Tag Archives: Augmented Reality


Even the most bearish of economists couldn’t have predicted the degree to which the nation’s economy has changed in a mere six months, let alone years. The unemployment rate is in the double-digits, long-standing companies are closing their doors for good, and working from home has become the new daily routine for employees in numerous industries.

But one thing hasn’t changed – manufacturers remain in hiring mode, eager to find and recruit experienced laborers to fill the manufacturing skills gap, which is widening. Business owners must face this new reality head-on and adjust to remain as productive and competitive as possible by leveraging existing resources and making sense of data.

Over 522,000 positions require filling

According to the most recent statistics available from the Bureau of Labor Statistics, detailing job opening and labor turnover from this past June, there were 522,000 jobs among manufacturers that had yet to be filled across the U.S., nearly 20,000 more in less than two years’ time.

“As many as 4.6 million jobs may be left unfilled between now and 2028.”

Manufacturing is a broad field, from consumer electronics to packaged goods. Virtually all of them are in the midst of a work experience deficiency. If conditions don’t change, some 4.6 million jobs may be left unfilled between now and 2028, according to forecasts from the Manufacturing Institute.

Speaking to CNBC, Samsung America Regional Director of Human Resources Sherri Satterfield said that while her company has received plenty of applications from those ready and willing to work, applicants frequently don’t have the background in the industry that’s required to make the transition seamless.

“We’re pulling candidates from all over the surrounding counties, and they don’t always have that experience,” explained Satterfield, who works at the electronics conglomerate’s Newberry, South Carolina-based plant. “So it takes them a while to get acclimated to it. Some of them decide that it’s not for them, and then other ones they activate, they’re here for a good amount of time.”

Hiring complicated by COVID-19

The economic aftereffects of the lockdown, instituted in virtually every state to control the spread of the novel coronavirus, have made the vetting process even more complicated and prolonged. For almost the entirety of 2019 and the first two months of 2020, joblessness in the U.S. was at record lows, under 4%, according to BLS and Labor Department figures. Once it ballooned to nearly 15% in April, manufacturers were inundated with employment inquiries, frequently from people who were laid off and looking to enter an all-new career. The sheer volume of resumes made locating experienced laborers the equivalent of finding a needle in a haystack.

Given the ongoing recession and the urgency that COVID-19 has created, manufacturers are adjusting their expectations and making the most of their situation. In short, they’re optimizing existing work processes, their skilled laborers’ capabilities, and their current equipment. Some of this involves investing in new technologies or better utilizing existing ones.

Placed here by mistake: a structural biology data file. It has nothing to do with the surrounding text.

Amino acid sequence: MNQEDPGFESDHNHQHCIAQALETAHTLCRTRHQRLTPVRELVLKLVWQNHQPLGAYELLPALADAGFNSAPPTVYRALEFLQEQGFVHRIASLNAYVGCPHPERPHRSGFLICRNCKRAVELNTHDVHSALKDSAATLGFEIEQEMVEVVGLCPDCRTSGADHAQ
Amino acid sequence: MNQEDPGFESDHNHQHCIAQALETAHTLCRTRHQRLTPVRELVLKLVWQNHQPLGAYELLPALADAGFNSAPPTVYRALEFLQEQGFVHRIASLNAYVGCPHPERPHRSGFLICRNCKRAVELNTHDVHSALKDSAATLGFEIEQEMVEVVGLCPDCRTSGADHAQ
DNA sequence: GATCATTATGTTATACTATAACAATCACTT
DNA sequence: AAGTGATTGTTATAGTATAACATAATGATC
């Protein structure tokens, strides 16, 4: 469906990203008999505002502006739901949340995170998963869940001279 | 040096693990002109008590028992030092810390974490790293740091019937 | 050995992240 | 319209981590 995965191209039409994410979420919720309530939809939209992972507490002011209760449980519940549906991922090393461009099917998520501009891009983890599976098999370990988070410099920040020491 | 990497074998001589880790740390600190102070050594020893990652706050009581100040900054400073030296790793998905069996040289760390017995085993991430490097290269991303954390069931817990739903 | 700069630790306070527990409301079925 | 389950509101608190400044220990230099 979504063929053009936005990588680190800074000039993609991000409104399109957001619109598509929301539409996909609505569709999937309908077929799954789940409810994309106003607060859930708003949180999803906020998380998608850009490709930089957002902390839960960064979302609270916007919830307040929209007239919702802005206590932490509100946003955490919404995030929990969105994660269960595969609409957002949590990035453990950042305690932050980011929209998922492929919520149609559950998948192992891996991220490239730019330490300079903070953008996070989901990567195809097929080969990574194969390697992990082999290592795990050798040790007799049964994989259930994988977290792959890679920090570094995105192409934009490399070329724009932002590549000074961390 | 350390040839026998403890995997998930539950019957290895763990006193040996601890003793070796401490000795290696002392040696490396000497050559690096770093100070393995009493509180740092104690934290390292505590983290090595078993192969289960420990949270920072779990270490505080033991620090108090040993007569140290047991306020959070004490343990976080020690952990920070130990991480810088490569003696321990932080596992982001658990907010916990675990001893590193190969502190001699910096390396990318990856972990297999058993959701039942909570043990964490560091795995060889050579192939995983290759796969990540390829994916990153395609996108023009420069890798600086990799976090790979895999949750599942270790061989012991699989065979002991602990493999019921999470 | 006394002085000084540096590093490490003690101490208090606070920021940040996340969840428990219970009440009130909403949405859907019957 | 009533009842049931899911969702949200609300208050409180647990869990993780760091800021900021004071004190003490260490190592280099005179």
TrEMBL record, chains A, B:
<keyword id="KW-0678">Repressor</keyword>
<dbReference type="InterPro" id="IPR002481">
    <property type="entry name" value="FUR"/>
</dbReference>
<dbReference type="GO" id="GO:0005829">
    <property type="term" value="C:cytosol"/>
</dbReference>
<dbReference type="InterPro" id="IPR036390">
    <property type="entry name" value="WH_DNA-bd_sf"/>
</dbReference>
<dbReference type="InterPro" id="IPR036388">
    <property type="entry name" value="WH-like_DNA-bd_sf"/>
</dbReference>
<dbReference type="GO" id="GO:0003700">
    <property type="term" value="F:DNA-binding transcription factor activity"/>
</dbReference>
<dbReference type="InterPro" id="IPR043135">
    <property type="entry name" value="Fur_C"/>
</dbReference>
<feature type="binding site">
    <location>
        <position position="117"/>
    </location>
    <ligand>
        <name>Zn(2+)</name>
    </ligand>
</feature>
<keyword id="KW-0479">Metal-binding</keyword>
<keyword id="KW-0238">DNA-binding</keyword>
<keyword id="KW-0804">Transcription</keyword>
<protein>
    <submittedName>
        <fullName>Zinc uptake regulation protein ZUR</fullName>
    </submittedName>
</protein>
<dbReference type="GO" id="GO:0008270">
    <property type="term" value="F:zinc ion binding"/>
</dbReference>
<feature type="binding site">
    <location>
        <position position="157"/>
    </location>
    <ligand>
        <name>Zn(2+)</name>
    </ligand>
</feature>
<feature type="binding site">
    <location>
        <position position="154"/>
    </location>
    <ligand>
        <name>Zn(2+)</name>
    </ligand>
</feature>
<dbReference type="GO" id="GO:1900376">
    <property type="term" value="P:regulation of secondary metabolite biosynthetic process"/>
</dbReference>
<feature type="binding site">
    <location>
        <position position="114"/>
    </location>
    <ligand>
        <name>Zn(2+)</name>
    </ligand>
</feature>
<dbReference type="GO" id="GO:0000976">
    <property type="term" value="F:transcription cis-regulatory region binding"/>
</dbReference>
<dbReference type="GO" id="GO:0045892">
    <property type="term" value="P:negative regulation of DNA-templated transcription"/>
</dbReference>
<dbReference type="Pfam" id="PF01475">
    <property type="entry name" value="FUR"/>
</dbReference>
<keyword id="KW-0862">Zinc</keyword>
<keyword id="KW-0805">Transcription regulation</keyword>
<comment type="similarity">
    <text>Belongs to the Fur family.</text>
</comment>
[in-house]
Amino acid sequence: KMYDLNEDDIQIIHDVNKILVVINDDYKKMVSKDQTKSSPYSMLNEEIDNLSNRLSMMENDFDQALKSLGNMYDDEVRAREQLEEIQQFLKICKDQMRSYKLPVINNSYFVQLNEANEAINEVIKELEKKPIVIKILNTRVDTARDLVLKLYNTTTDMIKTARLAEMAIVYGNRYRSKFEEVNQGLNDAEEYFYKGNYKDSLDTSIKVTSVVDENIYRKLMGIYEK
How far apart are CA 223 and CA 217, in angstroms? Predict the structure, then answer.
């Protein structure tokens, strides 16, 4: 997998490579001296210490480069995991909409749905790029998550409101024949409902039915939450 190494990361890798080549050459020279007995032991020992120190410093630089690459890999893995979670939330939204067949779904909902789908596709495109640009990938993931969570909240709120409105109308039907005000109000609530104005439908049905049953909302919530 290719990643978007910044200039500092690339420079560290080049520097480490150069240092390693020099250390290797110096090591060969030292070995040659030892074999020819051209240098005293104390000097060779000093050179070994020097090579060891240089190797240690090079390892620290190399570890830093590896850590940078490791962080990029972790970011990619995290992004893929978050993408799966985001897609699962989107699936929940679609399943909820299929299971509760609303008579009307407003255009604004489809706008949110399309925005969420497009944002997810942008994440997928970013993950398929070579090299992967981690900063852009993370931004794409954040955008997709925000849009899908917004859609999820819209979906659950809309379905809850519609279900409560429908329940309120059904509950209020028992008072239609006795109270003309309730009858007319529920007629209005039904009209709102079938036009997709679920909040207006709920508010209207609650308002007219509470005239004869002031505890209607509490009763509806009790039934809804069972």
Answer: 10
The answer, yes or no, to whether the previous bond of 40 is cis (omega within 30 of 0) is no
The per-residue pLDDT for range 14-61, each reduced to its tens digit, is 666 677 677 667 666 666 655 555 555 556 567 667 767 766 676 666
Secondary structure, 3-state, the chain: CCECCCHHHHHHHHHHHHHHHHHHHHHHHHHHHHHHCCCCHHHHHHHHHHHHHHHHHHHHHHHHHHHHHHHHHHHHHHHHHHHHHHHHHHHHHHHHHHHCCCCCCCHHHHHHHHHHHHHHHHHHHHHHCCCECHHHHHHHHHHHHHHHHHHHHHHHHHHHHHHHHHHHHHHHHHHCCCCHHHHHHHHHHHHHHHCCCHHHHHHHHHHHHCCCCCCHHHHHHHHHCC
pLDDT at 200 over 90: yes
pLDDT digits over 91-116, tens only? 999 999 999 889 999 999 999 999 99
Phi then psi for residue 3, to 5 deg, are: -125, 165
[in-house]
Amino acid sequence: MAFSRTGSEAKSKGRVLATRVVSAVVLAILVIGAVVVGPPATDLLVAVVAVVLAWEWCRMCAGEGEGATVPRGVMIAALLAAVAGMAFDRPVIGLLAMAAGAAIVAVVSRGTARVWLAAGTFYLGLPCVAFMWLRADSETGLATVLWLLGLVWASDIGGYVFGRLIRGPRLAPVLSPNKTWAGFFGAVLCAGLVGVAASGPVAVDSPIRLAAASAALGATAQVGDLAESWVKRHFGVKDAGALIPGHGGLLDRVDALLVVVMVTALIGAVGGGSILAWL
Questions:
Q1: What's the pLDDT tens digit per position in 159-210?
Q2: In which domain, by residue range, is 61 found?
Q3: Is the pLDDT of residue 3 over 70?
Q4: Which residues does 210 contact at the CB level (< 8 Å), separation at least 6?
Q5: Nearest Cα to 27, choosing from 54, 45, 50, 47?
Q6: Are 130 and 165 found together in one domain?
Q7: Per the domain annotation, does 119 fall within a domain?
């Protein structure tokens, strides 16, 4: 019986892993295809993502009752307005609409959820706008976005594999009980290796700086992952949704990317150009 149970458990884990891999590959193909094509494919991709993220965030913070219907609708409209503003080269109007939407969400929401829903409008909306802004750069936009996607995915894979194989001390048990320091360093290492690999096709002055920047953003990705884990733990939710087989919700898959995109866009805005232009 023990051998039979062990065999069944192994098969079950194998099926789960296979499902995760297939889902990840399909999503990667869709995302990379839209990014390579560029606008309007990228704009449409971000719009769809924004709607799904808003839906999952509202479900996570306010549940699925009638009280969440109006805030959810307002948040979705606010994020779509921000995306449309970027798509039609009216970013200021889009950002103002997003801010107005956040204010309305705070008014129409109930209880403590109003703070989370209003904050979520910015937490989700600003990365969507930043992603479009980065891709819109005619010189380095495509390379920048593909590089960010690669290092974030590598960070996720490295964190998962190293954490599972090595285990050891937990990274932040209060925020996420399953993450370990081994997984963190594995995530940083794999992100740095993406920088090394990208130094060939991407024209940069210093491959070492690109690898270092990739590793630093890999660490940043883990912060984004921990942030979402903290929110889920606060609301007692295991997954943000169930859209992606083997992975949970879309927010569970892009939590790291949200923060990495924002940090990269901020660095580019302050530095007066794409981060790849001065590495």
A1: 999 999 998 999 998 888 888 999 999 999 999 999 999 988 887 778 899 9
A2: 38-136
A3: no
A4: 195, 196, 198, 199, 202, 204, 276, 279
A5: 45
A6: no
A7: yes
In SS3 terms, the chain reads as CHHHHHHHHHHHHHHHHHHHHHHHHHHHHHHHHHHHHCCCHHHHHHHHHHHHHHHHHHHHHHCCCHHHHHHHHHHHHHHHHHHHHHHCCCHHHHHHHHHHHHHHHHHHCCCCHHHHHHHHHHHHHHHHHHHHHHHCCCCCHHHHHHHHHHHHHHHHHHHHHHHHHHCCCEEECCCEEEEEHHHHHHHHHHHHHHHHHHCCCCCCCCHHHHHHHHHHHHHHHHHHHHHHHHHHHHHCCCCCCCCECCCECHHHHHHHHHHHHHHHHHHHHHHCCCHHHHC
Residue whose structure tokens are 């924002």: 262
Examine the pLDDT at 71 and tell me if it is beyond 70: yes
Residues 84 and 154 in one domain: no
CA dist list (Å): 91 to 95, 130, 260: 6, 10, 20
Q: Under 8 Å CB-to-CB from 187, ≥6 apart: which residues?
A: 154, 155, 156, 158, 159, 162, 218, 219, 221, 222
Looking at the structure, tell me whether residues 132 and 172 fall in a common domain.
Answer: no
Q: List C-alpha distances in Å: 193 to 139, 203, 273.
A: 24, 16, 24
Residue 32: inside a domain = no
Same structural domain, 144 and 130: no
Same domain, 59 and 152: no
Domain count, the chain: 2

Shrinking the manufacturing skills gap through shop floor optimization.

Utilizing technology to reimagine the shop floor

While the manufacturing skills gap is often considered a human resources issue, technology can help to upskill potential or current employees to address it. Case in point is Honeywell Technologies. As detailed by IndustryWeek, the multinational defense contractor is leveraging both augmented reality and virtual reality for onboarding workers and providing their existing employees with new skill sets.

Eric Seidel, vice president of strategy and chief marketing officer at Honeywell Technologies, told the publication that since many of their workers are entering retirement, they’re bringing their often decades-long experience with them. Taking advantage of AR and VR helps new and current hires to learn more efficiently and quickly.

“Instead of traditional classroom learning, AR and VR allow someone to actually perform the task and therefore the learning curve is much faster,” Seidel explained to IndustryWeek.

He further noted that intelligent wearables enable workers to be more hands-on in their understanding of how to implement certain jobs, tasks, and processes so they’re learning and working simultaneously. Along with employee education, wearables can collect data around footprint and equipment utilization, which can be used to better optimize the shop floor.

In essence, Honeywell is reimagining the shop floor, where workers are learning something new every day and putting those lessons into practice almost immediately. This is a strategy that manufacturers may want to consider in order to optimize existing processes or make more strategic adjustments to when employees are on the shop floor and for how long. Revamping work shifts can help increase productivity with the workforce they have.

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Another way that manufacturers are aiming to close the skills gap – and succeeding in those efforts – is by making processes more predictable in terms of results. Outcome simulation gives workers the foresight they need to know what to expect in terms of throughput and where potential logjams may exist in the supply chain. The ability to replicate processes so they’re done virtually is accomplished through VR.

Samer Forzley, CEO of Simultech Multimedia, likened outcome simulation to what prospective military or commercial pilots do to obtain certification for careers in the cockpit.

“Think about a pilot who learns through simulating a variety of problems that could occur,” Forzley told IndustryWeek. “We are doing the same thing for the factory floor.”